Why I want a cancer podcast

Who am I to have a cancer podcast? I could run down my cancer qualifications, such as they are: stage III, mastectomy, chemo, radiation. The bottom line is that I am someone who has been through it. That is all.

When I got diagnosed with cancer, I wanted my mother DESPERATELY. I mean, everyone wants their chosen maternal figure when life goes to hell, and those who’ve suffered the death of a parent know the feeling of everything being worse because mom’s not there. I wanted mom for all those reasons, but I really wanted her for her ability to talk me through cancer. Mom was diagnosed with metastatic breast cancer in October of 1998, and she died two and a half months later on January 1, 1999. I wanted to sit down with mom, and not talk; I wanted to just listen, listen to her talk about how her treatment went, what she did/thought/felt. I mean, I was able to talk to people about cancer. Once someone finds out you are diagnosed, they will tell you ALL the people they know who had cancer (maybe even the same kind!) and they are more than happy to put you in touch. And that’s wonderful, that cancer has it’s very own de-centralized phone tree. But… I didn’t WANT to create new relationships. Sometimes (most of the time!) during diagnosis and treatment, I didn’t have the energy to maintain existing relationships, never mind creating new ones. I didn’t want to engage, but I still wanted information, I still wanted support from this new cancer community. What I wanted was Mom, sweet understanding Mom who would tickle my back while talking to her girlfriends about her own cancer journey: what she did, how she coped, what she knows now with the benefit of hindsight. Mom wouldn’t have expected me to do anything but listen. If I thought it would help. On my own schedule. Mom would have helped me think through all these new situations I never thought to have: dealing with the diagnosis, telling or not telling people, getting wigs, managing side effects. Mom was very practical: that which cannot be avoided must be embraced, and she would have held my hand as we figured out how to navigate this strange new landscape.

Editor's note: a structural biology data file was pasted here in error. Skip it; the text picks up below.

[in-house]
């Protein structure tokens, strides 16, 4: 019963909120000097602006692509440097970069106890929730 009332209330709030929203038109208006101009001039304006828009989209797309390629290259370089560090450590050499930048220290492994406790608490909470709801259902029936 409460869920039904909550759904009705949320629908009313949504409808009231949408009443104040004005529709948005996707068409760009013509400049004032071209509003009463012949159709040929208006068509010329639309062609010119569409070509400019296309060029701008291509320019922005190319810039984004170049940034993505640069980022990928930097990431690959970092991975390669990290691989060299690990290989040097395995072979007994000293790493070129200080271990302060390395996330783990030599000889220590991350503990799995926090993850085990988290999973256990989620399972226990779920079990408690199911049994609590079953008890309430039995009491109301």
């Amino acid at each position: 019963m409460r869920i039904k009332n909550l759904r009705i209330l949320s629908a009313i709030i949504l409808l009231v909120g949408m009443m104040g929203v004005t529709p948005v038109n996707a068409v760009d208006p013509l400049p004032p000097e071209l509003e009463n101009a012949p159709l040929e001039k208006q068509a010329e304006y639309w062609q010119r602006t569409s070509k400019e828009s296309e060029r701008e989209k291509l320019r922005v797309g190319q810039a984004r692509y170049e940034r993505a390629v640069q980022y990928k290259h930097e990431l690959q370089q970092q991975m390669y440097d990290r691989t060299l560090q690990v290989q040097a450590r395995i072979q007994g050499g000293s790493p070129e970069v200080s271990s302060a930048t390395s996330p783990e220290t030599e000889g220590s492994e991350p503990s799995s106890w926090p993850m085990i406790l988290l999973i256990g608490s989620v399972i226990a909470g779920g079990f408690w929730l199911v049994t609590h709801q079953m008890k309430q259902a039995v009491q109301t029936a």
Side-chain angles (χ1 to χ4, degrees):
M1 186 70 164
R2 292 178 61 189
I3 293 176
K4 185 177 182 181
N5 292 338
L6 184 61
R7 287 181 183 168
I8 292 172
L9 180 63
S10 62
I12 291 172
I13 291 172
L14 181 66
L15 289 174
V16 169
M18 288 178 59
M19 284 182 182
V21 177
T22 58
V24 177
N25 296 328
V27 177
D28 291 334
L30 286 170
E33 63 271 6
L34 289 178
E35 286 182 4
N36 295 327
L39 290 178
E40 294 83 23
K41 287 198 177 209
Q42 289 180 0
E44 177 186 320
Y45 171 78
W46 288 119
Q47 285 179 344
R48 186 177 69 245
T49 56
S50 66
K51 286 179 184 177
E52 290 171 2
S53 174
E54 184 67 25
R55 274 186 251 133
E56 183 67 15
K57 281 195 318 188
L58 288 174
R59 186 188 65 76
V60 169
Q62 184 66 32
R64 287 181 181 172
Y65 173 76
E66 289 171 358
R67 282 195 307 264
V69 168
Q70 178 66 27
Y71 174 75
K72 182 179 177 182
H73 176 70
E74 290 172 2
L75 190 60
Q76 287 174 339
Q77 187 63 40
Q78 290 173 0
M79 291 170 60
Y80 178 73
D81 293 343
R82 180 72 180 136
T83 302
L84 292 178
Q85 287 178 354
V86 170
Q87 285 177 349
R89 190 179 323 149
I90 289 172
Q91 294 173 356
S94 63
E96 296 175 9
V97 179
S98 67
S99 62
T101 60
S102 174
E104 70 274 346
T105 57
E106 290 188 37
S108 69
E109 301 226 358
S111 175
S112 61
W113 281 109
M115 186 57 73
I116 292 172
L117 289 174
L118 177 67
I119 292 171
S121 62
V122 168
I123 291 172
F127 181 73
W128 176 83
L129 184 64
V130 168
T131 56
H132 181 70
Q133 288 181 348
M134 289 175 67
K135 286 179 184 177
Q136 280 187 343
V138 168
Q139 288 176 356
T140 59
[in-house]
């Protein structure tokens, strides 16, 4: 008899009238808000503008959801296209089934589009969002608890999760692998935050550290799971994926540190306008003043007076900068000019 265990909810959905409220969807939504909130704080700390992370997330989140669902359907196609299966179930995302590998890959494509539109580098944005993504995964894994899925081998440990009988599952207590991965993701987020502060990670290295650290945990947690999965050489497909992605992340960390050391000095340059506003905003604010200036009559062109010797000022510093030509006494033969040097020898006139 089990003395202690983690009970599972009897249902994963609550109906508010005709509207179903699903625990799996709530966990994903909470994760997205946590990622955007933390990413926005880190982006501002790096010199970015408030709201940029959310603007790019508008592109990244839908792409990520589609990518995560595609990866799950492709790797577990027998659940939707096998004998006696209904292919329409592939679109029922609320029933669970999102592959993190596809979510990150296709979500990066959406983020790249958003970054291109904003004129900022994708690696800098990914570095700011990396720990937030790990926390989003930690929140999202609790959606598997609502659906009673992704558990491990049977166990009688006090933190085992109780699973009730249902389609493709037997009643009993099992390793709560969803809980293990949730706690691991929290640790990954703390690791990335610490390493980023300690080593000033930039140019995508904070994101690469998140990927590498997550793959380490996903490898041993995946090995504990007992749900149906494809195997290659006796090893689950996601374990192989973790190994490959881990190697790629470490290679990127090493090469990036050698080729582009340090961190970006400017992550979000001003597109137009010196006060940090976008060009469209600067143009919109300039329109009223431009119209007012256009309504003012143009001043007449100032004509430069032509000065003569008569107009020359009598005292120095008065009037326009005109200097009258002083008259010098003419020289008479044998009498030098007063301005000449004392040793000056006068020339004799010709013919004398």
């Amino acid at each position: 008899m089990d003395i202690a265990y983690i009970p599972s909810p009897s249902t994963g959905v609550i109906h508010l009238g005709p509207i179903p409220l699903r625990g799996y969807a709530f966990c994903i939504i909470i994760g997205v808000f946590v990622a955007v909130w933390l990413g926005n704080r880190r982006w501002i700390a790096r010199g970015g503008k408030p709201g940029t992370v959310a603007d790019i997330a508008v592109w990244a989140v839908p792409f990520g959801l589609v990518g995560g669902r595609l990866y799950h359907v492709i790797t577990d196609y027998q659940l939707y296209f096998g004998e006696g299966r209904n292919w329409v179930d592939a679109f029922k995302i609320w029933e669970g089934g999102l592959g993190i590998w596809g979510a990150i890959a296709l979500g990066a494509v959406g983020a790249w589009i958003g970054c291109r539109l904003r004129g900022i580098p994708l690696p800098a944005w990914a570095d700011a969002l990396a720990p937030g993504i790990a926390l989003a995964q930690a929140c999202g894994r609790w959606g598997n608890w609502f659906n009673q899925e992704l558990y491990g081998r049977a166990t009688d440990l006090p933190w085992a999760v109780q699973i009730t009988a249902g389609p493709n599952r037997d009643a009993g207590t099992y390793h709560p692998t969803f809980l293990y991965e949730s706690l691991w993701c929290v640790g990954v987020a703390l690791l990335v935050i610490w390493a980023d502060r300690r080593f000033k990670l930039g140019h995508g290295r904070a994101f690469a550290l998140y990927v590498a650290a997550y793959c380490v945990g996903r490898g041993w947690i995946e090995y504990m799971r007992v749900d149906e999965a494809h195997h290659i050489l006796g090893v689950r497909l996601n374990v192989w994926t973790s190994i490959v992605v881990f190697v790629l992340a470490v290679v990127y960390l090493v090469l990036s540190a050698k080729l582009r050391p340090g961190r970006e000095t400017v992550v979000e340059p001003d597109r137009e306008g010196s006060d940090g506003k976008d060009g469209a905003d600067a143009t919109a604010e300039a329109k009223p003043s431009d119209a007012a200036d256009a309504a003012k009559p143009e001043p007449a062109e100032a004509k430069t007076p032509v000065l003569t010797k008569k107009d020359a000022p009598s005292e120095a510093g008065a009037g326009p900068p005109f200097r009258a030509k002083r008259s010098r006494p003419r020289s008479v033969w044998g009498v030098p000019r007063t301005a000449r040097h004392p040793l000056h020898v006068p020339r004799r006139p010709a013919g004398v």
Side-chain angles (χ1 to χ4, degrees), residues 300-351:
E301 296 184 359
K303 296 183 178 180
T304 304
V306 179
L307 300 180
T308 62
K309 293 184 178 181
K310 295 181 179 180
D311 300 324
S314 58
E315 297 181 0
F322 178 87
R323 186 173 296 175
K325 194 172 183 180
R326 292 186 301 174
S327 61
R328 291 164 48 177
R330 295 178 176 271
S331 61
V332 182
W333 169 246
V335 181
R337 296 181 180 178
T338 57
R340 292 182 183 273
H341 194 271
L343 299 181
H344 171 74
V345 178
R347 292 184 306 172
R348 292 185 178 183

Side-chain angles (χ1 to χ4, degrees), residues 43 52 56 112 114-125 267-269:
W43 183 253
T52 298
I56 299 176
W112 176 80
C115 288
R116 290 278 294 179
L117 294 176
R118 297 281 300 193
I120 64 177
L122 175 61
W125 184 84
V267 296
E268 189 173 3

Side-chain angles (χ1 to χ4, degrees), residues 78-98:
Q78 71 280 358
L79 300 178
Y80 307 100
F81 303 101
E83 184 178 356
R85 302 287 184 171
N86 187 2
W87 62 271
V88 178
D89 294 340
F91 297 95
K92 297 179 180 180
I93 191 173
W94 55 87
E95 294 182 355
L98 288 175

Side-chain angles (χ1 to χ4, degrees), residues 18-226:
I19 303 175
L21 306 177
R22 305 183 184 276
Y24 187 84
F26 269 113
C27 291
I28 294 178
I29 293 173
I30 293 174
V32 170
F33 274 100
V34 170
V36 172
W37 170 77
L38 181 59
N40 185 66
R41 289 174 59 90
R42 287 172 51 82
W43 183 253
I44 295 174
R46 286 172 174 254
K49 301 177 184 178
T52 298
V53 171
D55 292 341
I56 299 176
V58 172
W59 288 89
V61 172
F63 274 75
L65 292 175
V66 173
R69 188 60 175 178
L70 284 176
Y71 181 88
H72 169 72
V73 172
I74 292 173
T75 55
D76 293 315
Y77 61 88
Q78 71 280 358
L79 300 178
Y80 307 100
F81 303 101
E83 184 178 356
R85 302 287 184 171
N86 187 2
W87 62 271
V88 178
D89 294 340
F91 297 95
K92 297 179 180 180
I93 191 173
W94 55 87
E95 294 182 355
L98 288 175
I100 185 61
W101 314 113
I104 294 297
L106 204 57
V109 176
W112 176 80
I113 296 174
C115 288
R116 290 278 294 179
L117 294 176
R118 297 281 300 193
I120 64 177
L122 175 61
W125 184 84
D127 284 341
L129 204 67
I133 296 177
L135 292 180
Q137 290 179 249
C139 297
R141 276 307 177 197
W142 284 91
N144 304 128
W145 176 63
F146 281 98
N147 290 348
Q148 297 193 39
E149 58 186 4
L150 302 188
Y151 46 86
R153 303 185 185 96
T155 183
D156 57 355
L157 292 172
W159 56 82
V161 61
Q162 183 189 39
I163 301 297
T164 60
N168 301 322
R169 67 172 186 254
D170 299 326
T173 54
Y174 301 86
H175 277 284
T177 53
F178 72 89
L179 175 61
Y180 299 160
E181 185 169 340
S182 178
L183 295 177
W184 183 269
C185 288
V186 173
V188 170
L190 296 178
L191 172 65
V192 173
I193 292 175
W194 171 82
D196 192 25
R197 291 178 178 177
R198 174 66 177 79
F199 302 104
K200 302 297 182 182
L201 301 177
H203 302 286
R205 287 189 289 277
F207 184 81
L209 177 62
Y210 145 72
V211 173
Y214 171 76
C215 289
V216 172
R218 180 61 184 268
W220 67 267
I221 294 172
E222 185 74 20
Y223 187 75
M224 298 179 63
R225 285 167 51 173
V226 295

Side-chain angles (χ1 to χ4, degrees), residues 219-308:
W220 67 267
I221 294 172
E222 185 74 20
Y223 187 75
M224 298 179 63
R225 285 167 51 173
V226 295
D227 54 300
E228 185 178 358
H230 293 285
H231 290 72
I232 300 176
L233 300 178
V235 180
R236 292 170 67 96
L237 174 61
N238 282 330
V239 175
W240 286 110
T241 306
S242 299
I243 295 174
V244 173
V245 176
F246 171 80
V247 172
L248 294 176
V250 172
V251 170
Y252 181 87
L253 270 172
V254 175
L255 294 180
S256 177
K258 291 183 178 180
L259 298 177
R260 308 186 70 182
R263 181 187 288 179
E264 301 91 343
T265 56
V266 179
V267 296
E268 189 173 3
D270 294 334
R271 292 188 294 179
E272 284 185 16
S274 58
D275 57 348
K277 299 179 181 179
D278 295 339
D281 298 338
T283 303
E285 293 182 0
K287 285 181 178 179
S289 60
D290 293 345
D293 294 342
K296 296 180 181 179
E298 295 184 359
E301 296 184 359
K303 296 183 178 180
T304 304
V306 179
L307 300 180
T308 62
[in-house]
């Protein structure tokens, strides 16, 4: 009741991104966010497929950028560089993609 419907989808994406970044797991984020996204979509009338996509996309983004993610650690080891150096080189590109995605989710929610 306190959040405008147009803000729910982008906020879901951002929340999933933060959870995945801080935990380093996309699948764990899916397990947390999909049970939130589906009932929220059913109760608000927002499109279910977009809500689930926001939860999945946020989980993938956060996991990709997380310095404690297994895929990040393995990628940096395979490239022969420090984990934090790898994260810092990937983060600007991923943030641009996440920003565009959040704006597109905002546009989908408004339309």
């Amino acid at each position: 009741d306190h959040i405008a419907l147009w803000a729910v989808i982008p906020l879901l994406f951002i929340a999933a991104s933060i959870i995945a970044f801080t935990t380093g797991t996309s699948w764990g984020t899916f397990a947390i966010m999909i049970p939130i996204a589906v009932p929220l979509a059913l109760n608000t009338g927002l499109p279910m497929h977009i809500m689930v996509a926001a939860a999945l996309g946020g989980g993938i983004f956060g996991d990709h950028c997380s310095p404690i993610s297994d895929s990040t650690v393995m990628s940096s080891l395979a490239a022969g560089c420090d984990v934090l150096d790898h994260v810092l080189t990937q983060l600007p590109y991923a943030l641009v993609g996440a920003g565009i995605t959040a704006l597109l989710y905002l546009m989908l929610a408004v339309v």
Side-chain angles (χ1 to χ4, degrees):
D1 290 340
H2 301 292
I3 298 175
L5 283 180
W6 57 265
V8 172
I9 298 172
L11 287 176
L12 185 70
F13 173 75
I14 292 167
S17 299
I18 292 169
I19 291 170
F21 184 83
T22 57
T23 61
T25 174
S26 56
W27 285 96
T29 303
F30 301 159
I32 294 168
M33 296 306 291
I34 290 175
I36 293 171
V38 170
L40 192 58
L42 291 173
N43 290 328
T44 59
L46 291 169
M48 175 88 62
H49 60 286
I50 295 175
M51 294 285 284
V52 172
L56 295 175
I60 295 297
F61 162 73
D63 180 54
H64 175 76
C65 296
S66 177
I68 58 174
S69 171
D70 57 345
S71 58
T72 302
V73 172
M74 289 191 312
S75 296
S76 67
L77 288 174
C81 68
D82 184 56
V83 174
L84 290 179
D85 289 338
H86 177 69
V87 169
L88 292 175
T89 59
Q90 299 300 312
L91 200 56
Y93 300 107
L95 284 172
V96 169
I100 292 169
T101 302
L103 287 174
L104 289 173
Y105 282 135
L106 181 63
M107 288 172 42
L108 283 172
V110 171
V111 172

That’s what I want to be for someone else. I want to be your no-effort cancerfriend, ready with amusing anecdotes and understanding. I want to be the person who knows a little bit what you are going through, that provides some information on how to think about this experience . We are a community, this terrible club of people-who’ve-had-cancer, conscripted into this army we never would have willingly joined.

Note that:

  • I am not the spokesperson for everyone with cancer. My experiences and opinions are my own and not necessarily generalizable to the cancer community as a whole. 
  • I don't know how to talk about cancer without being explicit. Cancer is graphic, and I want to represent that candidly. Sometimes, swearing and laughing is how I get through. 
  • I have a dark sense of humor. I think sometimes LIFE has a dark sense of humor.

I want you to know that you are not alone, and not just because of me or Mimi. You have a depressingly high number of people who have been through something very similar to what you are now going through. People have faced what you are facing, people have made it through, and you can read their stories and learn from their experiences. You can see that there is a way through, even if you haven’t found yours yet. I am still searching out my own “way through” path, falling in crevices and getting soaked in streams. There is no “one way”; there is also no way around, no way but through. You can do this because you are doing this, right now. What does “dealing with cancer” look like, anyway? Whatever it is you’re doing is dealing with it. There is no set path, but there are ways to deal that make you (and others) happy, and there are ways to deal that make you (and others) miserable. I want to share the benefit of my hindsight.